We stood up in front of the child’s wall, which was lousy with children. We waited a while for them to get the message that we wanted to use it and kind of had priority, but they didn’t get it. They just kept climbing obliviously, and I felt weird standing in line behind children waiting for a turn on their climbing apparatus.
“Look how naturally children climb,” my instructor observed. He seemed taken with them, like it was the first time he had watched them climb. He pointed out how naturally they shifted their weight and kept their bodies close to the wall. I noticed how naturally the kids ignored us, until eventually some parents took the hint and made their kids move to another section of the climbing structure.
I was told to climb a route to the top of the wall without my hands, using the rubber surface of my shoes and the monkey/child-like weight shifting we had talked about, so I climbed to the top of the vertical wall without hands. I came down, and my instructor gave me a high five and told me I was awesome.
We moved on to an adult wall and he pointed out hand and foot holds called jugs, cracks, and crimps. He showed me how to get the most surface area on a hold and how to make a fist around it or to put my thumb on top of my index finger to get a better grip when there wasn’t a lot of room to hang on to. Then he showed me a route, told me to scout it out, and then to climb the wall. I looked up and was now grateful for the stretching and introduction to the wall. He said, “Routes are sort of problems, like puzzles. People do them different, but there’s no wrong way to do them.” He said not to worry when I was going to fall, but to just be prepared to fall. He had me practice a little fall on a crash pad underneath us.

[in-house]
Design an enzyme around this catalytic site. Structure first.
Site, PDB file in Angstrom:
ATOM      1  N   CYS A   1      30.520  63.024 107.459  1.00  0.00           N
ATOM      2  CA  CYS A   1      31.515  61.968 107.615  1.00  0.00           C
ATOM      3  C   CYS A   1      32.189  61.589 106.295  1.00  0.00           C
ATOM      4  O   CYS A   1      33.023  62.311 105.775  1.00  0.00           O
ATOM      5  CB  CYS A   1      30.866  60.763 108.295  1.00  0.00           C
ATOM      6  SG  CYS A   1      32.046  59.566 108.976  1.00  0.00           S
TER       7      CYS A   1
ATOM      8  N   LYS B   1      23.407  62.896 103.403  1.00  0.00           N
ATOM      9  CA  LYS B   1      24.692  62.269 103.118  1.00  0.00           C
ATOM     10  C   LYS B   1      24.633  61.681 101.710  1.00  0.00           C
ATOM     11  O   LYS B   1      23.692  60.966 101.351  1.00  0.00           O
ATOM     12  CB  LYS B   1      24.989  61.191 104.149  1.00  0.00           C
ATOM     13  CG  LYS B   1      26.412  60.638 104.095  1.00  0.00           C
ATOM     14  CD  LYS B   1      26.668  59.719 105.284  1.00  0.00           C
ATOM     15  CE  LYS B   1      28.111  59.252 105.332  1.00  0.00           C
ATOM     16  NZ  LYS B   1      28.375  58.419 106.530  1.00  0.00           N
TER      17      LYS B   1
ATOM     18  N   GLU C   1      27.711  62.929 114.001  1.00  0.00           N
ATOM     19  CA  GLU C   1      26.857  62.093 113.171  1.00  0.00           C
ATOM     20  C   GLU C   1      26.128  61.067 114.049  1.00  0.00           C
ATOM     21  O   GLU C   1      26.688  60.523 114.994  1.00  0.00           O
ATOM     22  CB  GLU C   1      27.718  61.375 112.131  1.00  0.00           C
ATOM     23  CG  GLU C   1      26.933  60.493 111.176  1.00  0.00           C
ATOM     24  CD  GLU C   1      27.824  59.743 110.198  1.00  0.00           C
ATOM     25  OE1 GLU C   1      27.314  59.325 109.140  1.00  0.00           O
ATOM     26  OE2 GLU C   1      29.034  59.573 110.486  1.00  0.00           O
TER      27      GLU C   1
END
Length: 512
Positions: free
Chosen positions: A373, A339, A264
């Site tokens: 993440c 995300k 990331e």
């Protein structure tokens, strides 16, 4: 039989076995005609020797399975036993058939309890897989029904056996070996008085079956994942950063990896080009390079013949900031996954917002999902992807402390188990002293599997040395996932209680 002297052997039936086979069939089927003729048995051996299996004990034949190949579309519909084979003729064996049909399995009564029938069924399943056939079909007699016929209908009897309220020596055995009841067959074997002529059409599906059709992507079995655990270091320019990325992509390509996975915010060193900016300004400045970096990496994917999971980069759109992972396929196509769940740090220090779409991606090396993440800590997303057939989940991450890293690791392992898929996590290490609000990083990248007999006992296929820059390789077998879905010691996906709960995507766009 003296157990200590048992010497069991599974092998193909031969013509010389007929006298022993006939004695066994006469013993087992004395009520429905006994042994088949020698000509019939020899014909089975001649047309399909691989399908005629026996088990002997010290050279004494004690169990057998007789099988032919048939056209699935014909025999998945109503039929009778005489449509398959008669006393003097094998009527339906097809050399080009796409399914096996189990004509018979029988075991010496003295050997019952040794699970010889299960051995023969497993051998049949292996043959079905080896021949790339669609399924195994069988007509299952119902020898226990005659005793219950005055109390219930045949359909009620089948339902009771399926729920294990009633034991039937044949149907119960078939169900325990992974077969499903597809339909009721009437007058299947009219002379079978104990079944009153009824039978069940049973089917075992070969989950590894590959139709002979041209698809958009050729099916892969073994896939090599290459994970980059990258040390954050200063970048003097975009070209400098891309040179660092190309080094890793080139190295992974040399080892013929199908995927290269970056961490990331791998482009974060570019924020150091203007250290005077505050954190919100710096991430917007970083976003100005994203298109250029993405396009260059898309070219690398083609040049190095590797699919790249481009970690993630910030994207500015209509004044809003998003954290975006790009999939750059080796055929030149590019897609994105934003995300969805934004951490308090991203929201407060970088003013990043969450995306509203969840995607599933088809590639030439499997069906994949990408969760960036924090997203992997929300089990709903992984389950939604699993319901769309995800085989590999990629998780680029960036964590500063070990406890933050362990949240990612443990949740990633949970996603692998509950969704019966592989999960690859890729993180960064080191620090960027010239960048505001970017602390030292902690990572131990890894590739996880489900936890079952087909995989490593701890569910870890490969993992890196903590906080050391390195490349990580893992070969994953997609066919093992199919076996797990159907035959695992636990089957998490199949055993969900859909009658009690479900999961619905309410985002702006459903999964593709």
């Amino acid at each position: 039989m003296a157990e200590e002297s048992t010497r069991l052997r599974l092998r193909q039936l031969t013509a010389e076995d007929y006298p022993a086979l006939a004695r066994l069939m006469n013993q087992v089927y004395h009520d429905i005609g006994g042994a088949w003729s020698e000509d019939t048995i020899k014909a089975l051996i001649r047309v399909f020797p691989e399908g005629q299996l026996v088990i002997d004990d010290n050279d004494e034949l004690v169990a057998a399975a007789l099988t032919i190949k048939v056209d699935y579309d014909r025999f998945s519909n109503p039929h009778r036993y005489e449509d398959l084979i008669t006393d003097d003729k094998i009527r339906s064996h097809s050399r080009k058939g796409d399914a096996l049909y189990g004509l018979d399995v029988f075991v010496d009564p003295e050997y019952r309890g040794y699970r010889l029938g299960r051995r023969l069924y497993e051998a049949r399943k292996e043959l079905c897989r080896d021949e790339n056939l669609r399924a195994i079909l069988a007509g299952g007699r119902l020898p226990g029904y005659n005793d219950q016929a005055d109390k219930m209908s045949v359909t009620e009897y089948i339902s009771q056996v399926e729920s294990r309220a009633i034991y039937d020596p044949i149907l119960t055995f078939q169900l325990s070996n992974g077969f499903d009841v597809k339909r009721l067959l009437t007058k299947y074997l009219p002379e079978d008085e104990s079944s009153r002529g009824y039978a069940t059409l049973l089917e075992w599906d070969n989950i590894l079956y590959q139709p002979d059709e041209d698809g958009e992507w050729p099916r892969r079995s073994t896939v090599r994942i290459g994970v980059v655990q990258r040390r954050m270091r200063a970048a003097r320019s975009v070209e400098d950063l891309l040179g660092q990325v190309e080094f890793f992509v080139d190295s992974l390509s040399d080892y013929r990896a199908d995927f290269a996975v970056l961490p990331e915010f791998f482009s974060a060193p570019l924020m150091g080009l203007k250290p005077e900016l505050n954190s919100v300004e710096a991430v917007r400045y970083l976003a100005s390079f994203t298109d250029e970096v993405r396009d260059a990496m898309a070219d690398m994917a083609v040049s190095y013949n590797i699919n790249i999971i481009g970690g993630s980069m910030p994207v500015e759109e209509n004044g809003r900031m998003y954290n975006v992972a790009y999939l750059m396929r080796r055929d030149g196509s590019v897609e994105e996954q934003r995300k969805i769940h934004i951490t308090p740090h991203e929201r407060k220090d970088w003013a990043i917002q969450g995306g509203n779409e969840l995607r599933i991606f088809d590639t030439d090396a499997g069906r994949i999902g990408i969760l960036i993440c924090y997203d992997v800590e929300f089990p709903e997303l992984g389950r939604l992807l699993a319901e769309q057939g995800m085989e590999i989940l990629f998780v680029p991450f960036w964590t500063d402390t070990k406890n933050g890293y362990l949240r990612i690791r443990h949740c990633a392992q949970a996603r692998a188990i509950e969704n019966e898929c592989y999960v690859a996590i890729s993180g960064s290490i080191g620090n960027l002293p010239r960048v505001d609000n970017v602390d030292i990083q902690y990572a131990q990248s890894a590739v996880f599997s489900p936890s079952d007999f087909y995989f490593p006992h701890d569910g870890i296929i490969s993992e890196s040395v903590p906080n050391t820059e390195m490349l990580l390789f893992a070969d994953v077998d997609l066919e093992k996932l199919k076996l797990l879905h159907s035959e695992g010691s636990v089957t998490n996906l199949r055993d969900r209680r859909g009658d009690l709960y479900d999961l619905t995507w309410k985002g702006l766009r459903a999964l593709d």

I put chalk on my already sweaty hands, and I climbed. I stretched and gripped until my arms shook some and I was surprised when I made it to the top. But I tried not to act that way. My instructor called up that I should tap the top of the wall to signify that I made it up a route, and when I got back down to the ground he gave me a high five and said I was awesome again.
We moved on to other walls, and when my arms gave out he showed me how to take more weight into my legs — how he would do it “like a monkey.” When I made it to the top of the next wall — a more complicated one with a little bit of an inversion — and then came back down to the ground, he said “Now you’re climbing.” Although I know he must say it to kids and beginners all the time, I really felt like I was climbing. I wondered where I could purchase — or maybe how I could make — my own shell-and-nut necklace.